It is hard to fathom that we have been amid a global pandemic for over a year now. What is more unbelievable is all my fellow college graduates and I were thrust into professional careers at the start of a period of this major change with little time to change our plans. The business world took a wallop when COVID-19 struck and many were forced into a new work atmosphere that required learning to efficiently work from home. The purpose of this blog is to share five things I've learned coming into the workforce during a global pandemic. There is a bit of advice sprinkled throughout but your solutions and/or takeaways should cater to your individual needs.
1. Readjusting expectations of yourself and your current life. The first time I heard there was a new sickness spreading rapidly across the world, I was covered in glitter at a music festival over 1,000 miles from the university that I was attending at the time. I was not expecting my life to change so suddenly and was terribly (and I mean terribly) surprised when the university emailed me telling me to quickly get my things and go home to my parent's house. We were told not to expect a graduation ceremony and our in-person classes would be finished online, diminishing our chances of saying our final goodbyes to our professors. I learned quickly that I needed to readjust my expectations about what my life was going to be like or I was going to be disappointed with the new life I had to work with. A great place to start is to reach out to your boss and align their work expectations with your own! If you feel that you are outputting great work chances are your personal life will also begin to fall into place with greater ease.
2. Lean on team members. If you are the "New Kid" and you have not yet made a strong work relationship, I strongly encourage you to reach out and create a connection. Having a friend at work is the equivalent of exchanging numbers with the person sitting next to you during the first week of college classes. It is someone to rely on when you have a question or if you miss a meeting, they can bring you up to speed and aid in your success. Please note that they should know they can lean on you too. ???? Even if you feel you cannot contribute and provide a symbiotic relationship to a coworker, everybody has something valuable to bring to the workplace. You are not excluded.
3. Make your workspace feel like a workspace. Most of us are working from home, especially us less experienced workers who joined our professions when everything was first switching to working online. Besides the traditional jobs offered to high school and college students, this is the first professional job many of us have experienced. Again, reminiscing back to school, imagine your workspace like your college dorm or house. You most likely set up a work area that suited your needs or you may have gone to the library. The probability that you have a library in your house is slim so create an atmosphere with the aspects of what you enjoyed about the library (the smell of books, total quiet/white noise of students talking, etc.). Luckily for me, my boss covered the expenses for me to buy a new desk, chair, and office supplies. I encourage you to ask your boss what the company is willing to pay for to give you a more comfortable work environment. Once I had a legitimate desk and work area, my performance increased. It feels more like I am going to the office every day instead of completing a task in my bedroom.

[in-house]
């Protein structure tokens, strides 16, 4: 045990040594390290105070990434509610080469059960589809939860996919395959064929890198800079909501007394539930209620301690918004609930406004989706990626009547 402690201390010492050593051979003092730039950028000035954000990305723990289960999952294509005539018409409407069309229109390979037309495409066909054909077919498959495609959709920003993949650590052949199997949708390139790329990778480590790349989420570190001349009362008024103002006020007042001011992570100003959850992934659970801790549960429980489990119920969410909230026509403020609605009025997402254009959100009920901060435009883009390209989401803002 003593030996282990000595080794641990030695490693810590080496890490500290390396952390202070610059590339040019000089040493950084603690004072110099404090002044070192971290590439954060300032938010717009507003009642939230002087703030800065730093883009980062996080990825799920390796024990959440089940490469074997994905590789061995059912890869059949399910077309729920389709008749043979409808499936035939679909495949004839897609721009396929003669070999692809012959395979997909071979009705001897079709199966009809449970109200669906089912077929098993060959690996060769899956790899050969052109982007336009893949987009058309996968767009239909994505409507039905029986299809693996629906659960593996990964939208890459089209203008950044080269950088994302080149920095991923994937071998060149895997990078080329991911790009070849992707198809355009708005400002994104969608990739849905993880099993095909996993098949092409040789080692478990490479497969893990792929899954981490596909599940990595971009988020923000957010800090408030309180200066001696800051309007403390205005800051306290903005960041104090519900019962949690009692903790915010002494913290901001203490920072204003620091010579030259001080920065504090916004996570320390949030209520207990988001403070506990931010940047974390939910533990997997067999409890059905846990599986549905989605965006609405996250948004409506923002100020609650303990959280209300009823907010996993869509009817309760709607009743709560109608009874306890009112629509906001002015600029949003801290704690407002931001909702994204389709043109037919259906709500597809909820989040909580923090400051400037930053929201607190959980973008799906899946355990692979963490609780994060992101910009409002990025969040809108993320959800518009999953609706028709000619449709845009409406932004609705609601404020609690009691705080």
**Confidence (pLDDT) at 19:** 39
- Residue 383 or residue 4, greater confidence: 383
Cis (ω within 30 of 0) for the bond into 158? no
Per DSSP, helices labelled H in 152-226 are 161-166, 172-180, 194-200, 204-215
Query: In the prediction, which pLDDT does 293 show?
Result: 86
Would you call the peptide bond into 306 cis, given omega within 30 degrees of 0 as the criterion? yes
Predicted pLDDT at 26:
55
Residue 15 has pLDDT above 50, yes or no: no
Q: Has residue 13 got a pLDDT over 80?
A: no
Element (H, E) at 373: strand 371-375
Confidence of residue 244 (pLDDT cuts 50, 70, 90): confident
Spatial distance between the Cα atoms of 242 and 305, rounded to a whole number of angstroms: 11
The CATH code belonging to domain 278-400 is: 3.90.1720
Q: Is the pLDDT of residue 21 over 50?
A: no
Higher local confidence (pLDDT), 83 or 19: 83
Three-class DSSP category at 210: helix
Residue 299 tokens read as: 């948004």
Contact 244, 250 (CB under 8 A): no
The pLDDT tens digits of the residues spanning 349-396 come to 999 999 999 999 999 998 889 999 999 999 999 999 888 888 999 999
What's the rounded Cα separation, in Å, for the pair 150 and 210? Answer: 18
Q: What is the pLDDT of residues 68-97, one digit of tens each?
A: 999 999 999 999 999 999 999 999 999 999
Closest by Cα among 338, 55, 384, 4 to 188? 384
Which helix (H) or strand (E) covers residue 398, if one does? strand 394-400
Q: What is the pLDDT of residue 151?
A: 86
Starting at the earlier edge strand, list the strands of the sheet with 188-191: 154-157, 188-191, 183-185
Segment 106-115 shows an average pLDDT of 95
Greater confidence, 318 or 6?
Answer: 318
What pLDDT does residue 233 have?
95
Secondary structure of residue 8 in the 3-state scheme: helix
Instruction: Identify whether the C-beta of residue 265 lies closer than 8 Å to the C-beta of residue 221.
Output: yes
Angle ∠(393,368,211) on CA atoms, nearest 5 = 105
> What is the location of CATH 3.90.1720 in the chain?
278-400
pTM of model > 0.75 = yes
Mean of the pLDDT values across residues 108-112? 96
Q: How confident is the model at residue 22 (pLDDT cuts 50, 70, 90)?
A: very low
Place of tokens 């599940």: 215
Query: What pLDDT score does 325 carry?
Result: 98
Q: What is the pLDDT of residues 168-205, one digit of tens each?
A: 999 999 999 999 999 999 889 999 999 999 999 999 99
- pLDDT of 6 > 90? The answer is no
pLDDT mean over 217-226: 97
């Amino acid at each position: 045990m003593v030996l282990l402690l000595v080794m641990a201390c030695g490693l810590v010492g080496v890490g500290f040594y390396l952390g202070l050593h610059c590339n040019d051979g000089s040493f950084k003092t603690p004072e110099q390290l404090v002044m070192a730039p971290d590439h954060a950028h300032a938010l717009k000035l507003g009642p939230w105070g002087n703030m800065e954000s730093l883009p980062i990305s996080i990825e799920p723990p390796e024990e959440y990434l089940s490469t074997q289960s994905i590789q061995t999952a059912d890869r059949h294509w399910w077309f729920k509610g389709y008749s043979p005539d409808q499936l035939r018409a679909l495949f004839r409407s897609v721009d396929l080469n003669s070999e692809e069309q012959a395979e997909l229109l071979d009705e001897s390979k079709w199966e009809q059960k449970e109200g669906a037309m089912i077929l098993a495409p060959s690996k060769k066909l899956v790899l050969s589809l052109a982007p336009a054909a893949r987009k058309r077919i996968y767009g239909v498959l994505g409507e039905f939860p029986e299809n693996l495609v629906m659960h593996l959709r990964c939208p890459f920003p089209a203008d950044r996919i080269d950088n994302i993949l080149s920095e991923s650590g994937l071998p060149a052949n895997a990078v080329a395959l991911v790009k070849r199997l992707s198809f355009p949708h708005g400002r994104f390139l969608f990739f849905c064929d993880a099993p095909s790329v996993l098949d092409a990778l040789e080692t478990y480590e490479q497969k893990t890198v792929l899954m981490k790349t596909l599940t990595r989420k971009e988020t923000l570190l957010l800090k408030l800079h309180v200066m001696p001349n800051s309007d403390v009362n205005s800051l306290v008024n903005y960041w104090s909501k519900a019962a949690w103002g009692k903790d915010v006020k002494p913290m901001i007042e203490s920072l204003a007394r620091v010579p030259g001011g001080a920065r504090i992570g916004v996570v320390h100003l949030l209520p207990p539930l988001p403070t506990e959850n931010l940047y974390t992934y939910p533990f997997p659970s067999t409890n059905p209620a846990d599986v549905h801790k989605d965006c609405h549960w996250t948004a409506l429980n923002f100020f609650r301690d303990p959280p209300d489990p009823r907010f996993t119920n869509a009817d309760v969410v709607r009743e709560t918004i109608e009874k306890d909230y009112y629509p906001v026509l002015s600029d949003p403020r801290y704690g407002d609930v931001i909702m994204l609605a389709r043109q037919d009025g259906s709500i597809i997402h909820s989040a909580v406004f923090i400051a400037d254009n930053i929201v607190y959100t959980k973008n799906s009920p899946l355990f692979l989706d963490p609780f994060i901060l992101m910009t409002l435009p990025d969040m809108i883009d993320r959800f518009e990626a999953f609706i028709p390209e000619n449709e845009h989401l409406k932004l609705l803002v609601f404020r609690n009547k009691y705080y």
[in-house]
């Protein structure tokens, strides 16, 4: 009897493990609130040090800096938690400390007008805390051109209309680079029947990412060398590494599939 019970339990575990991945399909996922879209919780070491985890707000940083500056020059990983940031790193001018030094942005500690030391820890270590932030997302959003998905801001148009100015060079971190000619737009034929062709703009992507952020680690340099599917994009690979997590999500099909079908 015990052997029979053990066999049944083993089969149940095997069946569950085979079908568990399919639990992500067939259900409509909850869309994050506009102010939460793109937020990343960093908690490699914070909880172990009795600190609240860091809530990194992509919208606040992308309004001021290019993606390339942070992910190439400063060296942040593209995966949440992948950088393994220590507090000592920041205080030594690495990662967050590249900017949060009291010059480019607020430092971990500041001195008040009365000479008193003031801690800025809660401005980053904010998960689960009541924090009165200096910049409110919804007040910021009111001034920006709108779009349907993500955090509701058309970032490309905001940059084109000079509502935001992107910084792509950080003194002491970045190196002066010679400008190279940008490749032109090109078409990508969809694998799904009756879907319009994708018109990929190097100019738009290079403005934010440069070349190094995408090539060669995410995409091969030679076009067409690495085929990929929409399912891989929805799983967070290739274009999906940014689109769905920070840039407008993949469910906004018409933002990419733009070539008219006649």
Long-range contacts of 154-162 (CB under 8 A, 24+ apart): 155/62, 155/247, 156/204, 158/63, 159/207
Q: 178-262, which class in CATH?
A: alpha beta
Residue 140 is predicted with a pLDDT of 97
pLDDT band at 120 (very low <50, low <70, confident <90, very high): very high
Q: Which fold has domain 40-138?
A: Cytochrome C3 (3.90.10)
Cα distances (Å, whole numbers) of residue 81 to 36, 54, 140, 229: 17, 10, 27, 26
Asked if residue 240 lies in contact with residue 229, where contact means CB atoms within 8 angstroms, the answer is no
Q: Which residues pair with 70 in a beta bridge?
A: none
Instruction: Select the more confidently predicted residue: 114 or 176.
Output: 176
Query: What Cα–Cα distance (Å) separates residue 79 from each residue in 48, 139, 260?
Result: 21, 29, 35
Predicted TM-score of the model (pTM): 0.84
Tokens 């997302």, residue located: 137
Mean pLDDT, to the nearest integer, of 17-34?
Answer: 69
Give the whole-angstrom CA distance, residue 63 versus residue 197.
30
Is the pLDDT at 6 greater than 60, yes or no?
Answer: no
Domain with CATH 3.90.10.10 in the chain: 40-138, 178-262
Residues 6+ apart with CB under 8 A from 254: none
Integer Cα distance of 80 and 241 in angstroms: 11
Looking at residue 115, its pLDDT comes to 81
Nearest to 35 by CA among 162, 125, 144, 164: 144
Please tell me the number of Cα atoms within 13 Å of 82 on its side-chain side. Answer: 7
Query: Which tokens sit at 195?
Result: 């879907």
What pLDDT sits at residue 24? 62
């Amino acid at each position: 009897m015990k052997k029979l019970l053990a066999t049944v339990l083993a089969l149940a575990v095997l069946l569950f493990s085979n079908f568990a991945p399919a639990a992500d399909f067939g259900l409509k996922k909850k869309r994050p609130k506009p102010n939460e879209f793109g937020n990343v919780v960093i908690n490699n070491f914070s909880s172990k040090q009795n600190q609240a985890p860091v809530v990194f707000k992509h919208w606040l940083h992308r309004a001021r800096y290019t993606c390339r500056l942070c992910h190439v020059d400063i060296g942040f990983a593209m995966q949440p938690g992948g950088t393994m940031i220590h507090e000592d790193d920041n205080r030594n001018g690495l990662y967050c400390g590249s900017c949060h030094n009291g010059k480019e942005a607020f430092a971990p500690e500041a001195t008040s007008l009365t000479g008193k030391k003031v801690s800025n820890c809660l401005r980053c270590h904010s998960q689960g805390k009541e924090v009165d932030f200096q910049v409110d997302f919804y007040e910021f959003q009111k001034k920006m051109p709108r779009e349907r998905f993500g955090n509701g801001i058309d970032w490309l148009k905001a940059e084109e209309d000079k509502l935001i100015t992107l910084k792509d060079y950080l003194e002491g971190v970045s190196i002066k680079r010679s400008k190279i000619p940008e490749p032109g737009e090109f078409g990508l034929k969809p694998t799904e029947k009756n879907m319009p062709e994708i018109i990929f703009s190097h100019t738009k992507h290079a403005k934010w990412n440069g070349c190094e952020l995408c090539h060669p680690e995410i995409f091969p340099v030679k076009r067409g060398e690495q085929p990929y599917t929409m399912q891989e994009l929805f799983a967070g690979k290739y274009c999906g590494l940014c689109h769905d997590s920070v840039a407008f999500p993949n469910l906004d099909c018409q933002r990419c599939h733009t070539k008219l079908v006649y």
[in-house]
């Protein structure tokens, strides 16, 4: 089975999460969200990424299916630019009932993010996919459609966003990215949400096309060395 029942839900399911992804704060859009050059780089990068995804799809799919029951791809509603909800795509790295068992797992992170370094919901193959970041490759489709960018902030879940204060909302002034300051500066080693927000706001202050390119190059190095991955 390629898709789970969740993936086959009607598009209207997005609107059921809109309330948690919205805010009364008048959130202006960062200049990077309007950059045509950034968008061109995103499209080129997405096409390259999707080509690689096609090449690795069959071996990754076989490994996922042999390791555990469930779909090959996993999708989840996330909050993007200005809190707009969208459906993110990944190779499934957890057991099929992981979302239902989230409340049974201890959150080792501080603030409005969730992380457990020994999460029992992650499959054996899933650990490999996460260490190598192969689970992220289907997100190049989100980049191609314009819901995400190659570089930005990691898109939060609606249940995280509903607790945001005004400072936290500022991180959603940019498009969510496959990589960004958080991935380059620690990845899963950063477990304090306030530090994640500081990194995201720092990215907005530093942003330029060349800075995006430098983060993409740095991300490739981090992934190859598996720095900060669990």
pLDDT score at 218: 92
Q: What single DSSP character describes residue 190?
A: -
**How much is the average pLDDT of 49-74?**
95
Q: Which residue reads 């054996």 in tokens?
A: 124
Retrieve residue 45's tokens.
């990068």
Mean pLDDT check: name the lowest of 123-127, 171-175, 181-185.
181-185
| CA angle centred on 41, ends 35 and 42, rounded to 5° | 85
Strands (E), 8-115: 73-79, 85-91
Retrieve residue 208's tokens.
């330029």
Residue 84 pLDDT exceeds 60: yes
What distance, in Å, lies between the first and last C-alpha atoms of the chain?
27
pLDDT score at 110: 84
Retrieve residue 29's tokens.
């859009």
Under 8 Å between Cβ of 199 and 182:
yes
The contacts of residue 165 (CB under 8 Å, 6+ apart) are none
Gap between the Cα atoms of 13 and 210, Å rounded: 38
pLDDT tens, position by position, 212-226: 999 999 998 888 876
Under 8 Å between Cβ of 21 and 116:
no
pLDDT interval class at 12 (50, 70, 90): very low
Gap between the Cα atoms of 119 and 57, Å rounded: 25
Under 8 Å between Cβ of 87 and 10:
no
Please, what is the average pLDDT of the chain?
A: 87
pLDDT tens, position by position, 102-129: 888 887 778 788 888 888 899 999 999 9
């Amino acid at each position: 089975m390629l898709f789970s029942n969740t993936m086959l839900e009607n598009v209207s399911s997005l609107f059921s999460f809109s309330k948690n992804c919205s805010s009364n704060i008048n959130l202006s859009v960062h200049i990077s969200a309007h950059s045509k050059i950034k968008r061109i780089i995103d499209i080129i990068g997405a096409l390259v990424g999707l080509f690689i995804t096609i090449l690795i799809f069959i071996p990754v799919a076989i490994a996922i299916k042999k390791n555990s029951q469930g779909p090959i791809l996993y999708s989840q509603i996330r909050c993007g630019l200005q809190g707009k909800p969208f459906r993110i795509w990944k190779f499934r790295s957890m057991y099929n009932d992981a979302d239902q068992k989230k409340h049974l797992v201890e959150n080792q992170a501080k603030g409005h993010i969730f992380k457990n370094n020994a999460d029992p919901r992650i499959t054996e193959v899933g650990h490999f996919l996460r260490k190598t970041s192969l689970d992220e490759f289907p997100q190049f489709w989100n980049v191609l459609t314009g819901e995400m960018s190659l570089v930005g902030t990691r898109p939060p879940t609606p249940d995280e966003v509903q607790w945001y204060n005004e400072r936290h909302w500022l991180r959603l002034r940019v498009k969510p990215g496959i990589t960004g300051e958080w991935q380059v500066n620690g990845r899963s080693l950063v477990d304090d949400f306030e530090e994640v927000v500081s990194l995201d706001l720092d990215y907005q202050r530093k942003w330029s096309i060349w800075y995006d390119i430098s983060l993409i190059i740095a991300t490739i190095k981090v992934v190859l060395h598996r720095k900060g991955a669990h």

4. Keep up with current trends in technology. New professionals, most of the time, are the youngest in a new setting. It is expected more often than not that we have above-average computer skills because we grew up in the generation when computers were popularized. Companies usually expect you to have learned professional computer skills while at university. Use the tools you learned in school (Excel, Word, PowerPoint, etc.) and add to your growing knowledge base. Be the power tool they expect you to be!
5. Take breaks when you need them. This may seem like a "duh" statement to some. It seems simple and slightly pointless to bring up, however, I realized it is hard for me to justify breaks when I sit all day at home in my pajamas. If you feel the same way, remember this- work is work and regardless of where you do it you are using up energy. We need to listen to our mind and your body. Trust that if you can't keep your eyes open or your mind sharp, it may be time to take a break. Your boss wouldn't want you to hand in a proposal that was written while you were half-dreaming. Do your work when you feel you can put in your best effort. Set up specific times each day that you take a break. It is more organized for you to get into a routine and your coworkers will learn not to bother you during those periods. During your well-deserved breaks choose to do something that relaxes you or gives you energy. This activity is unique for you: it may be household chores, a quick walk, or a healthy snack.
My first year in my post-graduate role has been challenging in many ways, but I'm proud of myself for being flexible and resourceful. Make sure you take time to reflect on what you've accomplished and then if you're like me, get busy making this new year even better.